Cases against army swamp high court
RAWALPINDI, Nov 28: A judge of the Rawalpindi bench of the Lahore High Court had an unusually large number of petitions against the army establishment fixed for hearing on Wednesday. He could hear only eight of them and put off the rest to some other time.
Petitioners and their counsel were surprised by the event. But the Inter-Service Public Relations department of the armed forces was not available for comments.
Brig (retired) Wasaf Khan Niazi, a former judge advocate general of the Pakistan army, told Dawn that an increasing number of aggrieved military persons had been turning to the civilian courts for justice.
Earlier hardly one or two such cases would land in civil courts as they normally refrained from entertaining military personnel in view of the constitution bar mentioned in Section 3 of Article 199, he said.
Most of the 25 petitions laid before Justice Ali Baqir Najafi on Wednesday related to service matters and decisions of Field General Court Martial (FGCM).
That included a plea by four army officers for the copy of court martial trial proceedings against them so that they could appeal against their conviction in the case in which Brigadier Ali Khan was sentenced for having links with the outlawed Hizbut Tahrir.
Major Sohail Akbar, Major Jawad Baseer, Major Inayat Aziz and Major Iftikhar were awarded prison terms of between 18 months to three years last August for their alleged association with Brig Ali.
Another petition put up before the court was from the 41 JCOs (junior commissioned officers) and other ranks of Sindh Regiment who were dismissed while posted at Quetta in April 2007 on administrative grounds.
Their counsel, Javed Akhtar Bhatti, said they were booked in 2006 on the suspicion of murdering a Naib Subedar Zafaryab Ali found dead in the unit. He said the special investigation branch had allegedly succeeded in persuading Sepoy Sajan to confess to the crime.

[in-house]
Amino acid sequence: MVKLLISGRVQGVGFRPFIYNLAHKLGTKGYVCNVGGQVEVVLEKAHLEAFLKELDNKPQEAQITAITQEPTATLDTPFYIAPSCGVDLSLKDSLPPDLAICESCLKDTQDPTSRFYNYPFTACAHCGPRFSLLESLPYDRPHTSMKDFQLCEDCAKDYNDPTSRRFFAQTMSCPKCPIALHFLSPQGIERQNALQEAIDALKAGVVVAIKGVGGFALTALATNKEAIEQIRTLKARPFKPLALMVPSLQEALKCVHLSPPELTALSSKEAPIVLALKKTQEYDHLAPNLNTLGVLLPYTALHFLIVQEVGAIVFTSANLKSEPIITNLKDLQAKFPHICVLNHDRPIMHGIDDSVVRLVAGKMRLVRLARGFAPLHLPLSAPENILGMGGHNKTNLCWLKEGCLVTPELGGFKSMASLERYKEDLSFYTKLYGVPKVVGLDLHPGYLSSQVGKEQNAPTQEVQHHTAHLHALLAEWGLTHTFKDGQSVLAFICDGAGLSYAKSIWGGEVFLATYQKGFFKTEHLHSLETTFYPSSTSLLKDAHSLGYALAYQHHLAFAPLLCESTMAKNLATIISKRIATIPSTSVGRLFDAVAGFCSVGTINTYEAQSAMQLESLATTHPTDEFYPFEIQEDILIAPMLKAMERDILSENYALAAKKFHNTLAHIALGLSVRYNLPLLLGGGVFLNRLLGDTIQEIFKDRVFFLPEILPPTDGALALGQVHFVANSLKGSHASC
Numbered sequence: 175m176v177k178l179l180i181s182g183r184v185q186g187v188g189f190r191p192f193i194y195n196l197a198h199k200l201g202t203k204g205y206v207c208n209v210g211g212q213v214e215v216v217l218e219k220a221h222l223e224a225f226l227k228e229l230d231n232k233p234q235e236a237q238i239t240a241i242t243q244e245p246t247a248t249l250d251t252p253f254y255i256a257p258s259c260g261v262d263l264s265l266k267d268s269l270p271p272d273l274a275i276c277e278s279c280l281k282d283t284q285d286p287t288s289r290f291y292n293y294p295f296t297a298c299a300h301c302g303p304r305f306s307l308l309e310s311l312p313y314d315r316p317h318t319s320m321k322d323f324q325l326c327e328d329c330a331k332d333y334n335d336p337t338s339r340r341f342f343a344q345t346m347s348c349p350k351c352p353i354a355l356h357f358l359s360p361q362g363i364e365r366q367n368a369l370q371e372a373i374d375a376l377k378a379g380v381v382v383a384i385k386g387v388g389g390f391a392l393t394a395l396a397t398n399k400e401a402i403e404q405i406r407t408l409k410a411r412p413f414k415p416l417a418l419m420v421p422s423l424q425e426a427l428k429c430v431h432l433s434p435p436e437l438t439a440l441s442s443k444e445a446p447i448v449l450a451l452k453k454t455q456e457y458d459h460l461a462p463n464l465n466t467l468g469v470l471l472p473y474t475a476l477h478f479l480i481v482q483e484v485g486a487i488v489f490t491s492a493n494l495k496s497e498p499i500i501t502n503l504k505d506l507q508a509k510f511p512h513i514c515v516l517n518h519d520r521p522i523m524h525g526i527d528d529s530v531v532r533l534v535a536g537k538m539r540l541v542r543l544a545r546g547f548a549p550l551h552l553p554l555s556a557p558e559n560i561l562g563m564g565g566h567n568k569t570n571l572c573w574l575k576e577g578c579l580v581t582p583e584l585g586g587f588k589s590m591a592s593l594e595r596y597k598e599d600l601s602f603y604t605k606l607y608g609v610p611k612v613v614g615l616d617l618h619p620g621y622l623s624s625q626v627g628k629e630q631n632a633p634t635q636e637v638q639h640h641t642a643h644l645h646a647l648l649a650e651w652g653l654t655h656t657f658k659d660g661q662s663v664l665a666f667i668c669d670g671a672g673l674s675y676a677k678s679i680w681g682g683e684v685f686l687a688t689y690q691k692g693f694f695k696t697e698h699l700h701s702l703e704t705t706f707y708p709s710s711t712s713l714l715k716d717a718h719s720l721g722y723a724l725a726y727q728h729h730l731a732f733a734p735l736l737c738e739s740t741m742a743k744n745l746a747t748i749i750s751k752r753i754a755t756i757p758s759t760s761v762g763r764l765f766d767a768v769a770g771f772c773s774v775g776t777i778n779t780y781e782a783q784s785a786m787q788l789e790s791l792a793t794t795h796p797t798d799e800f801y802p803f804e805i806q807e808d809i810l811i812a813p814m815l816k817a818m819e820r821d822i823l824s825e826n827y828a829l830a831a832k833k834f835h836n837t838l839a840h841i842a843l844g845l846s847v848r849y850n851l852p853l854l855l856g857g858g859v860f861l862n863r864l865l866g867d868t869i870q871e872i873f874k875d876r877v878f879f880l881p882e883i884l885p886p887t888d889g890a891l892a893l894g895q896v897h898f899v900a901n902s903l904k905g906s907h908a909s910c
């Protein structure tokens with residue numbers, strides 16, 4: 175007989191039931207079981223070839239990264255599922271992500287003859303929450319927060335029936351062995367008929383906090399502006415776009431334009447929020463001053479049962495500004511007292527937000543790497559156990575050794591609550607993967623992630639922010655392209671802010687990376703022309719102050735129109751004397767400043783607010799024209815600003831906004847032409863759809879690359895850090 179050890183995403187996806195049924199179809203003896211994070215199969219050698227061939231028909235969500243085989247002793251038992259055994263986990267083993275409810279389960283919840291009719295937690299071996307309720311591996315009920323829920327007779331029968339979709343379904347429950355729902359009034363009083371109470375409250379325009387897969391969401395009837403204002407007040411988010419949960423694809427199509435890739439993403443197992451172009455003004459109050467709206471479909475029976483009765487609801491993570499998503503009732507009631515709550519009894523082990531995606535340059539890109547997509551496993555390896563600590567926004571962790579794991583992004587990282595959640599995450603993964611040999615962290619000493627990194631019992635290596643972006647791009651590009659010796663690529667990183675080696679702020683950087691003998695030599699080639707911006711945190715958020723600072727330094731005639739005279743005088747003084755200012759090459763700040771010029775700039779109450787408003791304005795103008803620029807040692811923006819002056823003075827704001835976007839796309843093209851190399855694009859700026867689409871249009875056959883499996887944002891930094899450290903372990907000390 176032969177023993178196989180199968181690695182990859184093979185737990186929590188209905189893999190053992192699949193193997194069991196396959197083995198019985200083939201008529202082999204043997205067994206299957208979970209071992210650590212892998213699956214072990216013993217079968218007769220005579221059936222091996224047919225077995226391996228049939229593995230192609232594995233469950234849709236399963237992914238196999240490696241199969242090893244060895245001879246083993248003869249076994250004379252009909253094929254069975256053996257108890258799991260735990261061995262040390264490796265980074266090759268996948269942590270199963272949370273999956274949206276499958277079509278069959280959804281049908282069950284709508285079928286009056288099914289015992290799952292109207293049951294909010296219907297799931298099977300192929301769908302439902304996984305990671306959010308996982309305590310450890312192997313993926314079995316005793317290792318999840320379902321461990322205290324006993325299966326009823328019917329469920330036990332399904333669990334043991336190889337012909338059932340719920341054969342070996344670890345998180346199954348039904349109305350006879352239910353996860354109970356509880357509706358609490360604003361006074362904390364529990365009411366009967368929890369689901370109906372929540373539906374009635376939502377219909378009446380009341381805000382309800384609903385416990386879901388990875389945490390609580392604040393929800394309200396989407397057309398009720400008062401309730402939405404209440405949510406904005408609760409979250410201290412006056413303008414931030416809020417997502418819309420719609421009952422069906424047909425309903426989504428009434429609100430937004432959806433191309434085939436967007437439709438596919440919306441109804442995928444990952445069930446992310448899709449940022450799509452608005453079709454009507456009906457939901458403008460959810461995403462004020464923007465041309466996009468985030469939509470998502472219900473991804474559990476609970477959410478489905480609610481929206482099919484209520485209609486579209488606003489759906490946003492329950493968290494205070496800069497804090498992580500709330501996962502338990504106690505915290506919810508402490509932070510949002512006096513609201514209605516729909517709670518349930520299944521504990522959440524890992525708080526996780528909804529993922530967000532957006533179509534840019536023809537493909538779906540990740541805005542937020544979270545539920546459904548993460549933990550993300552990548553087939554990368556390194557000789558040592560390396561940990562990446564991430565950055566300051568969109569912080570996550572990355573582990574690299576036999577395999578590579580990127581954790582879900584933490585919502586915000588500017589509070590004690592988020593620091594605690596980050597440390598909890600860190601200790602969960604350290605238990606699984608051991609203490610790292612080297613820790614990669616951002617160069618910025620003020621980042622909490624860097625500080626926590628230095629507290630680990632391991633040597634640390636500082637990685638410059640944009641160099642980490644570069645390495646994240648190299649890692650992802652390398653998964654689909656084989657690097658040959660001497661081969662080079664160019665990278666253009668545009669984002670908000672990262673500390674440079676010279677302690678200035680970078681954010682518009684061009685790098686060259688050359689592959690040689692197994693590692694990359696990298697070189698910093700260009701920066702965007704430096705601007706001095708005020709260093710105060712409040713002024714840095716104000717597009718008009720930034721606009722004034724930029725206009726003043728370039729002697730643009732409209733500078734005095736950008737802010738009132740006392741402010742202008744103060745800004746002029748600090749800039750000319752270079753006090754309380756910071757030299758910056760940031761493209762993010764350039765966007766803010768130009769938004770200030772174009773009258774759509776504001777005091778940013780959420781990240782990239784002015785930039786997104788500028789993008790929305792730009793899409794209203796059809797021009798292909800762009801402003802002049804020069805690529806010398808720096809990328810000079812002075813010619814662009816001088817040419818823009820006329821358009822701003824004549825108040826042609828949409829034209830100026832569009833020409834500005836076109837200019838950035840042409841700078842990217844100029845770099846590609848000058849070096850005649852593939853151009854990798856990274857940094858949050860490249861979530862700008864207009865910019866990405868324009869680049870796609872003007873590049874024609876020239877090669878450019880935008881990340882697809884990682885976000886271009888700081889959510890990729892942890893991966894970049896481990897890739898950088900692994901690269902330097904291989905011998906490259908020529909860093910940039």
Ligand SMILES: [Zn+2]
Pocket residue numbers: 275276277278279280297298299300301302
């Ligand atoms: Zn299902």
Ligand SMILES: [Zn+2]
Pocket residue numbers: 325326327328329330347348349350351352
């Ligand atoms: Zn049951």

A court martial sentenced Sajan to two and half year imprisonment which the military court of appeal reduced to six months, the counsel said.
Later, military officials dismissed the 41 petitioners after they confessed, as asked, to crimes ranging from homosexuality to drinking to theft, the counsel claimed.
Neither the military conducted their court martial nor paid the sacked officers service benefits, pension or other privileges, added counsel Bhatti.
Brig (retired) Wasaf Niazi, the former JAG, observed that judicial activism has inspired aggrieved military officers and jawans to challenge adverse decisions of the military courts instead of going home.
A high court can set aside the order of a military court if it was proved that the military authorities violated the Pakistan Army Act in deciding the matter, he said.
Col (retired) Inamur Rahim, a counsel in one of the 25 cases pending in the Lahore High Court, told Dawn that it was hard to get justice from the courts in matters relating to the armed forces during military and dictatorial rules.
There were instances when orders of military courts challenged in the superior courts were kept pending for years, he said.
“Restoration of independent judiciary however has created an environment that has led to increased litigation against the military,” he said.